There is the town of Saint-Amour in the Jura – and the village of Saint-Amour-Bellevue in Burgundy.
Only about 70km separates them but they are tied together by a long history of hearts, romance, and cashing in on their evocative names to lure tourists.
“Welcome to St Amour: Burgundy’s most romantic village,” reads the sign greeting motorists as they enter the southern Burgundy hamlet.
It is decorated with swooning Bacchanalian images of kissing lovers, bunches of grapes and a love letter.
The name has nothing to do with the Roman priest, Saint Valentine, but another martyr, the 3AD Roman soldier Amor, who converted to Christianity and became a missionary.
The mayor of Saint-Amour-Bellevue, Josiane Casbolt, regularly presides over renewals of vows and other romantic celebrations at the town hall, and on February 14, lovers traditionally turn up to celebrate milestone anniversaries.
“The ceremony ends with a glass of Saint Amour, the wine for people in love,” she said.
Locals concede the name of their village is worth its weight in gold. “It’s the name of the town that seduces couples,” said Laurence Chomienne, who manages the guesthouse Ma Chambre à Saint-Amour on 625 route de la Saint-Valentin.
“‘Come to Saint-Amour!’ It has a certain ring to it,” she said. “And it appeals to lovers enormously.”
Hearts deck the town, hanging from bistros, craft shops and cellar doors.
Another local speciality is pottery and earthenware love hearts abound.
The village’s other indisputable love affair is with its wine, and the town hall, which replaces the ‘o’ in Amour with a heart, is its biggest champion.
“It is seductive and powerful,” the official line goes.
“Saint-Amour evokes the fruit and the flower, it delights all the senses.”
The grand cru is one of 10 Beaujolais wine-producing regions and is fittingly described as hailing from a family of “warm, intense reds”. The vignerons sure play up that image. One, Pascal Berthier, calls his Saint-Amour drop the “spirit of seduction”.
For the Revue du Vin de France, the vineyards unfurling for 50km from Mâcon to Lyon along the slopes of the Beaujolais mountains are “the most sensual of vineyards”.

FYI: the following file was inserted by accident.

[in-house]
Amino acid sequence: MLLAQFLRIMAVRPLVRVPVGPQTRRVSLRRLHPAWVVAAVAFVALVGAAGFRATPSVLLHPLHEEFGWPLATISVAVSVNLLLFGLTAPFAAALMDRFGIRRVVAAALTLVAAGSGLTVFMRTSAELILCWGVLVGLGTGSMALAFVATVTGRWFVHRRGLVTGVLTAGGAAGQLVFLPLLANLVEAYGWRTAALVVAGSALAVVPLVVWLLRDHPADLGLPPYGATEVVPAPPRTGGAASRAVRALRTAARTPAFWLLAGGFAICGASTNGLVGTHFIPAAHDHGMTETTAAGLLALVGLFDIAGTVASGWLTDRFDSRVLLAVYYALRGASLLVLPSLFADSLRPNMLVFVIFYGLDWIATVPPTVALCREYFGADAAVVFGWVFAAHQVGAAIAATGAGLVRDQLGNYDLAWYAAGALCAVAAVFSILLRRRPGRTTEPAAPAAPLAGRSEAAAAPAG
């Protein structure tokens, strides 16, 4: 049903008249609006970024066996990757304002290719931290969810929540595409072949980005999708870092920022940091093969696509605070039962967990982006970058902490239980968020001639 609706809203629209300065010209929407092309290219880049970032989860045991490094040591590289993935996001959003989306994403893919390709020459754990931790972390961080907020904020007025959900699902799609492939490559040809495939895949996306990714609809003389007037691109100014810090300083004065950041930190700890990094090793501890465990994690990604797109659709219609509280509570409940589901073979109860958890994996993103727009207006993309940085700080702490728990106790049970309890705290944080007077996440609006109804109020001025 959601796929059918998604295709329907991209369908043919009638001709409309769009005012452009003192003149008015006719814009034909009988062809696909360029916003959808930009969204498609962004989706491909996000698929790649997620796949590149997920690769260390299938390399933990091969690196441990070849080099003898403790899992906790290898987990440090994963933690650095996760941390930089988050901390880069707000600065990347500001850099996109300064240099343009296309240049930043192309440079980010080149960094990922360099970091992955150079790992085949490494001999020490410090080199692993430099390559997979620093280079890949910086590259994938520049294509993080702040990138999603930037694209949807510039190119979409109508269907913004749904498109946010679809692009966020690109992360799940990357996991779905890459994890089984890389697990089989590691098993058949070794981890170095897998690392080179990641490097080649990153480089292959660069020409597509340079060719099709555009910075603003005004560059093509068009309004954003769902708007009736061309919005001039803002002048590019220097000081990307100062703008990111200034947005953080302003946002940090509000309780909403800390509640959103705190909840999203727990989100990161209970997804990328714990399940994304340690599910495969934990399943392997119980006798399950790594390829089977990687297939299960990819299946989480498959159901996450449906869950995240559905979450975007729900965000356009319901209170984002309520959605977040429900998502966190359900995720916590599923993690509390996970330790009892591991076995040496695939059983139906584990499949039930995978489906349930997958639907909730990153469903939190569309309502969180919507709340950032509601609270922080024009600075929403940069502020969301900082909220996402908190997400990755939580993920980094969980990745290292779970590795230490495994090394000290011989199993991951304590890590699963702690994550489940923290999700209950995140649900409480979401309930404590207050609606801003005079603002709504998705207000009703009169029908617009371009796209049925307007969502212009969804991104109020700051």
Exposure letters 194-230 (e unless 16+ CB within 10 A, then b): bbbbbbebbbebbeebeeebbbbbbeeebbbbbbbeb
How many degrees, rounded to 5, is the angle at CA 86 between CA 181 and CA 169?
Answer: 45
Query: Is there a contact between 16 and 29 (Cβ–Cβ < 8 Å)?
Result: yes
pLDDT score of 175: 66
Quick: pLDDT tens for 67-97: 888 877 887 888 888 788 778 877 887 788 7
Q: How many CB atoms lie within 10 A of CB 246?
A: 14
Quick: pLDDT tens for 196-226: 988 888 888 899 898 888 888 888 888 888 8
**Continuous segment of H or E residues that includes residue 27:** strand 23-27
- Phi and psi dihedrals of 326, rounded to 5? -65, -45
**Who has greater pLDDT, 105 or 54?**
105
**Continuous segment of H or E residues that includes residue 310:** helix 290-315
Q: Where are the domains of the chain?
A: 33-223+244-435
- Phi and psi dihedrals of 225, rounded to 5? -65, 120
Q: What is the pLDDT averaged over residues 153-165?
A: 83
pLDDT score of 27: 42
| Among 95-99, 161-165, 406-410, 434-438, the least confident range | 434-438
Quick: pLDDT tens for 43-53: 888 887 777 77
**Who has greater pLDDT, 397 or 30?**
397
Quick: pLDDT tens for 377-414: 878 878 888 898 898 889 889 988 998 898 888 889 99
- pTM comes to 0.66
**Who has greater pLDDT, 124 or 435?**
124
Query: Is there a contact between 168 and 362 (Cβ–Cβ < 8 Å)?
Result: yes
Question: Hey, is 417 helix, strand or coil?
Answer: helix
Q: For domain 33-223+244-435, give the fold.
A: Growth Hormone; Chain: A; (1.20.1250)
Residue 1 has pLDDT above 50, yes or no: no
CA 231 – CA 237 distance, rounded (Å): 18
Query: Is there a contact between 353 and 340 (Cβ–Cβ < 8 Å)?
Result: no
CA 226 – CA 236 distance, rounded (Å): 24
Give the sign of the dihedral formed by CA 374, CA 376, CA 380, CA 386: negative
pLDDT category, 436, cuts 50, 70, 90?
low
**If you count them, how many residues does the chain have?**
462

“We finally know which saint to dedicate ourselves to,” jokes the Beaujolais winemakers’ association, the Union des Vignerons du Beaujolais.
“If this charming name could speak of his origins, he would do so with mischief and tenderness.”
The association says the Gamay grape wine “gleams with a ruby robe backed up with kirsch, spice and mignonette aromas and flavours. It’s really not surprising that its following is growing.”
For Jean-Marc Lafont, from the Domaine de Bel-Air, it is all about a “complex and tender wine”, which again sounds perfect for lovers.
“This is one of the smallest Beaujolais appellations, and it is much looked forward to on Saint Valentine’s Day,” he said, when it walks away in cases –many bound for the United States.
Jura’s Love Film Festival
The Jura town of Saint-Amour also takes its namesake seriously.
“On July 14, we celebrate his birthday,” says the mayor’s office, “while August 15 traditionally marks the festivities of the feast day with merry-go-rounds and toffee apples.
“The fête du Saint-Amour has been held for decades and takes place over several days. It includes a bike race and evening concert.”
In February and March, the town also hosts a film festival to coincide with Valentine’s Day – the Festival du Film d’Amour.
Its aim? To foster “a love of cinema”.
Past guests have included director Claude Lelouch, who visited in 2020 to promote Les Plus Belles Années d’une Vie. A love story, of course.